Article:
► Gavin Green talks new Top Gear
► New line-up might annoy viewers
► We await the new show with interest
Ever since Clarkson punched the producer a year ago, media commentating soothsayers have been trying to predict who would present Top Gear. Informed speculation included comedians, models, actors, racing drivers, deejays and other ‘celebrities’ who are clearly telegenic but have, as far as I can make out, no knowledge about cars apart from a professed enthusiasm for the subject, the occasional extravagant supercar purchase or, in the case of the racing drivers, the ability to drive fast.
And as Jeremy Clarkson, James May and Richard Hammond all regularly demonstrated, driving fast is of little benefit to presenting a TV show (they leave that to The Stig, who is funnier than any racing driver without ever saying a word). I can recall only one car expert on the supposed shortlist: Vicki Butler-Henderson.
The mass media has long misjudged the reasons behind Top Gear’s phenomenal success. Of course, it was a lifestyle show based on cars and car culture that appealed to grannies, teenagers, housewives, car fans and those who simply wanted a good laugh. But both Clarkson and May, as well as being superb presenters, also have a deep knowledge about cars. This editorial authority underpinned the show’s credibility.
It’s the same with The Living Planet or Simply Nigella. These are mass appeal TV programmes that, like Top Gear, require expertise on specialist subjects. Being a mere ‘enthusiast’ is not enough.
Odd, isn’t it, how the mainstream media think minimal knowledge about cars is fine for presenting a car show. But if Chris Evans bred frogs as a kid and loves dogs, would that qualify him to take over from David Attenborough as the next natural history front man on the Beeb? If Matt LeBlanc turns out a great tiramisu and lists cooking as a hobby, would he be tipped to take over from Jamie Oliver? Probably not.
Chris Evans is no more likely to laud the next new Aston Martin or Ford Focus ST with any conviction than he is to explain the mating habits of a Swallowtail butterfly. Matt LeBlanc is a great actor and I loved him in Friends. But he probably doesn’t know a manettino from a Dry Manhattan.
Now don’t get me wrong. Evans – a great TV presenter – could be a fine anchorman for the new Top Gear. But he needs some car experts alongside him for the show to mix entertainment with credibility.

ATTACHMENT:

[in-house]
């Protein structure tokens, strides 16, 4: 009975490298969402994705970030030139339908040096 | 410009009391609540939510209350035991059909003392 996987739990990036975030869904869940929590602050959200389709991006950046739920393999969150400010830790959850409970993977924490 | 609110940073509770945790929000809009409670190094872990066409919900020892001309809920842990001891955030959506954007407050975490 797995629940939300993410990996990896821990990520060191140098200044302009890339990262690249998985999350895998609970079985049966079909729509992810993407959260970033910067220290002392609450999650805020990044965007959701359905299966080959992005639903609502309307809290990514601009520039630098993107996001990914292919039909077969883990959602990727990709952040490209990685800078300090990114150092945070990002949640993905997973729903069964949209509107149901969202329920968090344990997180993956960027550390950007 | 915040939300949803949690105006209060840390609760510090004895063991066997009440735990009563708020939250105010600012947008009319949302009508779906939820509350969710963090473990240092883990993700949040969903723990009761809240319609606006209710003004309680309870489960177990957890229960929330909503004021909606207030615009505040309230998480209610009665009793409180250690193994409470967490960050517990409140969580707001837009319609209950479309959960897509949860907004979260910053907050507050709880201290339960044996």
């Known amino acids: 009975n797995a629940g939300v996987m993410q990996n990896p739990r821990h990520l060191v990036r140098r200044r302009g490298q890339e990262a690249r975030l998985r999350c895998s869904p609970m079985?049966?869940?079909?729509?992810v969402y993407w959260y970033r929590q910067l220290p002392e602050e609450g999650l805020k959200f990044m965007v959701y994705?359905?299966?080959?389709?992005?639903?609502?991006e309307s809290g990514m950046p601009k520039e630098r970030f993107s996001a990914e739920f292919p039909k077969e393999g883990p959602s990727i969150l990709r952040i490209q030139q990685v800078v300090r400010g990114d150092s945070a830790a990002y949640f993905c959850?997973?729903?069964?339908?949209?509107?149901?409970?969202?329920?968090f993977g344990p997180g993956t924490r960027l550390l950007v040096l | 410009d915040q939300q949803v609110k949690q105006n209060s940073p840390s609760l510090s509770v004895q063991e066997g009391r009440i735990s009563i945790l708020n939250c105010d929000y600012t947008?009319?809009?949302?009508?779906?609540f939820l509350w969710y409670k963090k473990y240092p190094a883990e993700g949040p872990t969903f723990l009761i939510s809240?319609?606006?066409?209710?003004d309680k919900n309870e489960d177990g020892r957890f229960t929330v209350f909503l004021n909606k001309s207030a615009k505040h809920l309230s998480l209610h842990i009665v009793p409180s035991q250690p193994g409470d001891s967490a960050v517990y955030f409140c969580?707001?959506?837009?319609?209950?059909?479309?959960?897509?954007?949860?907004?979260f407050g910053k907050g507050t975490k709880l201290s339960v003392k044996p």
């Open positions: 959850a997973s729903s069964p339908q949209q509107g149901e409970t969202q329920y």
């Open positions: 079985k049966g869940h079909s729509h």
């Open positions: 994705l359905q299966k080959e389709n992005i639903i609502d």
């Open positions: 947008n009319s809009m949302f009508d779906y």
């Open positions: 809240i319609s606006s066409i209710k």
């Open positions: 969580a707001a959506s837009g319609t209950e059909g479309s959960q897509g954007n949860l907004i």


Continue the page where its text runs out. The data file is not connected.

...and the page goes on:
So it’s good to hear that there will, apparently, be one expert on hand: Chris Harris. Or, as the mainstream media put it, ‘the virtually unknown Chris Harris’ (whose YouTube channel has had 24.5 million views and has more subscribers – 334,000 – than many mainstream media websites I could cite).
Now, Harris is a friend of mine and, assuming the news is true, I’m glad for him. But I’m pleased mostly because it’s more likely to make Top Gear worth watching.
Harris, like Clarkson and May, is a motoring journalist who grafted on enthusiast publications for years before graduating from the loo stool (the home of magazines) to the centrepiece of your living room (the TV). He knows a Focus steers better than a Golf and that Audis are mostly tinselled VWs; he knows who Adrian van Hooydonk and Laurens van den Acker are; he knows that heel ’n’ toe isn’t a funny way of walking; and he knows the difference between a conrod and camshaft and that a crank case is not (necessarily) Jeremy Clarkson after he fails to get a hot meal.
Harris really knows cars. Just as Jeremy and James do. Just as Chris Evans and Matt LeBlanc don’t. And just as racing drivers invariably don’t either. They’re sportsmen not car experts. So don’t expect too many auto insights (or much humour) from Sabine Schmitz on any reasonably priced car or on a 20-year-old Jaguar, although she’ll be able to steer a GT3 quickly around the ’Ring.
So we now wait for Evans’ new Top Gear and Clarkson’s new Amazon Prime show to hit our screens (in May and September respectively) to see whether either is any good. My suspicion is that neither will be as successful as ‘old’ Top Gear.
The unique combination of BBC credibility and editorial excellence (including global reach), mingled with car journalistic expertise and entertainment value will remain unrivalled, possibly in car broadcasting history, and almost certainly beyond the scope of a disparate new team on Top Gear or any programme produced by Amazon, a firm better known for its commercial rather than its creative acumen.
Read more from the March 2016 issue of CAR magazine